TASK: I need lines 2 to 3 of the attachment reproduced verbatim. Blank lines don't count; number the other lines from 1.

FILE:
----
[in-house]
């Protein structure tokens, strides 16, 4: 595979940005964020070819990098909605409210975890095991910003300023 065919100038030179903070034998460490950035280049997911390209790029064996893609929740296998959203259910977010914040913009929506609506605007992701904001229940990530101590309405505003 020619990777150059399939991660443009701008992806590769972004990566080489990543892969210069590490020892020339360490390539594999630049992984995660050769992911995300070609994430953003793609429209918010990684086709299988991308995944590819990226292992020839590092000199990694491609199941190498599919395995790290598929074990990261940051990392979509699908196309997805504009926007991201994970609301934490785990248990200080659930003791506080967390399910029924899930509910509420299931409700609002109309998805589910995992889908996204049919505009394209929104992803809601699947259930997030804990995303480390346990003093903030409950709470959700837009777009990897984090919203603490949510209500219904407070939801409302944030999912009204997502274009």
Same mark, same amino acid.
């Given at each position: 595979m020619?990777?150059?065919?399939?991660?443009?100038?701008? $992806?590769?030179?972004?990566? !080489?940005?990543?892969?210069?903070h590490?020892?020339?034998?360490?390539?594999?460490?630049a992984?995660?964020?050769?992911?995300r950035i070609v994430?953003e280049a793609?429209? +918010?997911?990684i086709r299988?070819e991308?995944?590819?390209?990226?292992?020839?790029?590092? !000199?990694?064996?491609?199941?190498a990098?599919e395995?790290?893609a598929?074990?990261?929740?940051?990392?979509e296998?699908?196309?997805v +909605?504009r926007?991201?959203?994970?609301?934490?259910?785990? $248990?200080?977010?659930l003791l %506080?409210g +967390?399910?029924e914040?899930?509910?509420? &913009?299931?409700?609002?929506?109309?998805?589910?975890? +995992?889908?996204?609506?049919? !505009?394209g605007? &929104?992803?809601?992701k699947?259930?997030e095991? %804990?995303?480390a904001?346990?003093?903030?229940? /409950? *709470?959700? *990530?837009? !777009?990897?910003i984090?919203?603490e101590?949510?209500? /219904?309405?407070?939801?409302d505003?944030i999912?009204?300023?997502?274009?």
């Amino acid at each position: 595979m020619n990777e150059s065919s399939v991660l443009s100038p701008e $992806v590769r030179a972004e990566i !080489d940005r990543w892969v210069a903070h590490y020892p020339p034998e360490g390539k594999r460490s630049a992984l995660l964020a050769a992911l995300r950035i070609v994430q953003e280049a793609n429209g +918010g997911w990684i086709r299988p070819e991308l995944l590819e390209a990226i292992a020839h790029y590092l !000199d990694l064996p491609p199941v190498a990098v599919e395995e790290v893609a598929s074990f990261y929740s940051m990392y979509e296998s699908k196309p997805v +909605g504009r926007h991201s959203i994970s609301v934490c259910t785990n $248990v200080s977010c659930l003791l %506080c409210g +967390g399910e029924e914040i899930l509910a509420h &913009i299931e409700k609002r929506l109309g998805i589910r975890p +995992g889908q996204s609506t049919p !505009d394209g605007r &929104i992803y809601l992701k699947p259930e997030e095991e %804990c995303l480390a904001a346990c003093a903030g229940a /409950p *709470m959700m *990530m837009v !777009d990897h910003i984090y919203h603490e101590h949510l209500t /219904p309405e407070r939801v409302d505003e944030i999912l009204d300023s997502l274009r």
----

């Protein structure tokens, strides 16, 4: 595979940005964020070819990098909605409210975890095991910003300023 065919100038030179903070034998460490950035280049997911390209790029064996893609929740296998959203259910977010914040913009929506609506605007992701904001229940990530101590309405505003 020619990777150059399939991660443009701008992806590769972004990566080489990543892969210069590490020892020339360490390539594999630049992984995660050769992911995300070609994430953003793609429209918010990684086709299988991308995944590819990226292992020839590092000199990694491609199941190498599919395995790290598929074990990261940051990392979509699908196309997805504009926007991201994970609301934490785990248990200080659930003791506080967390399910029924899930509910509420299931409700609002109309998805589910995992889908996204049919505009394209929104992803809601699947259930997030804990995303480390346990003093903030409950709470959700837009777009990897984090919203603490949510209500219904407070939801409302944030999912009204997502274009």
Same mark, same amino acid.